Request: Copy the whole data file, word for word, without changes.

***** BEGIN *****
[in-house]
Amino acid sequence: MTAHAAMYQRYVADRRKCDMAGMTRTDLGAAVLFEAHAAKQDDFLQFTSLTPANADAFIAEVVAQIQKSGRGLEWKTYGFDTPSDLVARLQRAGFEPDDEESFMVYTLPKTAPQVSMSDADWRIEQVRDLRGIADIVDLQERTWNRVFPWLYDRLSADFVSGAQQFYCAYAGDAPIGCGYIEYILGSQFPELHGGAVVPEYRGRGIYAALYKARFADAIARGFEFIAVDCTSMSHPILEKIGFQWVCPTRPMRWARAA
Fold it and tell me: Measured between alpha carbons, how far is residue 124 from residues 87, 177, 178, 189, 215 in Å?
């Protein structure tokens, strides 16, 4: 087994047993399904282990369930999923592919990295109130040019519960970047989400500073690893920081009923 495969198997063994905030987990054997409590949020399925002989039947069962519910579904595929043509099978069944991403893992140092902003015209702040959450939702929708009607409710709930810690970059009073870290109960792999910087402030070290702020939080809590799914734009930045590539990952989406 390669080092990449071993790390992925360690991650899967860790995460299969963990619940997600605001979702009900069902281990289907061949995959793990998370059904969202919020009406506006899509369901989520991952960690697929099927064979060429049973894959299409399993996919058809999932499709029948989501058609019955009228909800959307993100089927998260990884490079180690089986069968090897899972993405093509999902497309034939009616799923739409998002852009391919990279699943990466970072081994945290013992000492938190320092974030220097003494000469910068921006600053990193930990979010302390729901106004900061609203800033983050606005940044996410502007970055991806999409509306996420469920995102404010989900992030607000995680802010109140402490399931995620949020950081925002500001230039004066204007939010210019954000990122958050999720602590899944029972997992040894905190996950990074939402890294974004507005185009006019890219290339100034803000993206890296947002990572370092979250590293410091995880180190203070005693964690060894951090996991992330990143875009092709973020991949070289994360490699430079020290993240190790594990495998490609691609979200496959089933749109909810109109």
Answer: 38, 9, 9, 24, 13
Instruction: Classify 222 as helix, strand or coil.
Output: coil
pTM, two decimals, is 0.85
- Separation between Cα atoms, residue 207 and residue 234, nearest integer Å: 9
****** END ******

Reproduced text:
[in-house]
Amino acid sequence: MTAHAAMYQRYVADRRKCDMAGMTRTDLGAAVLFEAHAAKQDDFLQFTSLTPANADAFIAEVVAQIQKSGRGLEWKTYGFDTPSDLVARLQRAGFEPDDEESFMVYTLPKTAPQVSMSDADWRIEQVRDLRGIADIVDLQERTWNRVFPWLYDRLSADFVSGAQQFYCAYAGDAPIGCGYIEYILGSQFPELHGGAVVPEYRGRGIYAALYKARFADAIARGFEFIAVDCTSMSHPILEKIGFQWVCPTRPMRWARAA
Fold it and tell me: Measured between alpha carbons, how far is residue 124 from residues 87, 177, 178, 189, 215 in Å?
């Protein structure tokens, strides 16, 4: 087994047993399904282990369930999923592919990295109130040019519960970047989400500073690893920081009923 495969198997063994905030987990054997409590949020399925002989039947069962519910579904595929043509099978069944991403893992140092902003015209702040959450939702929708009607409710709930810690970059009073870290109960792999910087402030070290702020939080809590799914734009930045590539990952989406 390669080092990449071993790390992925360690991650899967860790995460299969963990619940997600605001979702009900069902281990289907061949995959793990998370059904969202919020009406506006899509369901989520991952960690697929099927064979060429049973894959299409399993996919058809999932499709029948989501058609019955009228909800959307993100089927998260990884490079180690089986069968090897899972993405093509999902497309034939009616799923739409998002852009391919990279699943990466970072081994945290013992000492938190320092974030220097003494000469910068921006600053990193930990979010302390729901106004900061609203800033983050606005940044996410502007970055991806999409509306996420469920995102404010989900992030607000995680802010109140402490399931995620949020950081925002500001230039004066204007939010210019954000990122958050999720602590899944029972997992040894905190996950990074939402890294974004507005185009006019890219290339100034803000993206890296947002990572370092979250590293410091995880180190203070005693964690060894951090996991992330990143875009092709973020991949070289994360490699430079020290993240190790594990495998490609691609979200496959089933749109909810109109």
Answer: 38, 9, 9, 24, 13
Instruction: Classify 222 as helix, strand or coil.
Output: coil
pTM, two decimals, is 0.85
- Separation between Cα atoms, residue 207 and residue 234, nearest integer Å: 9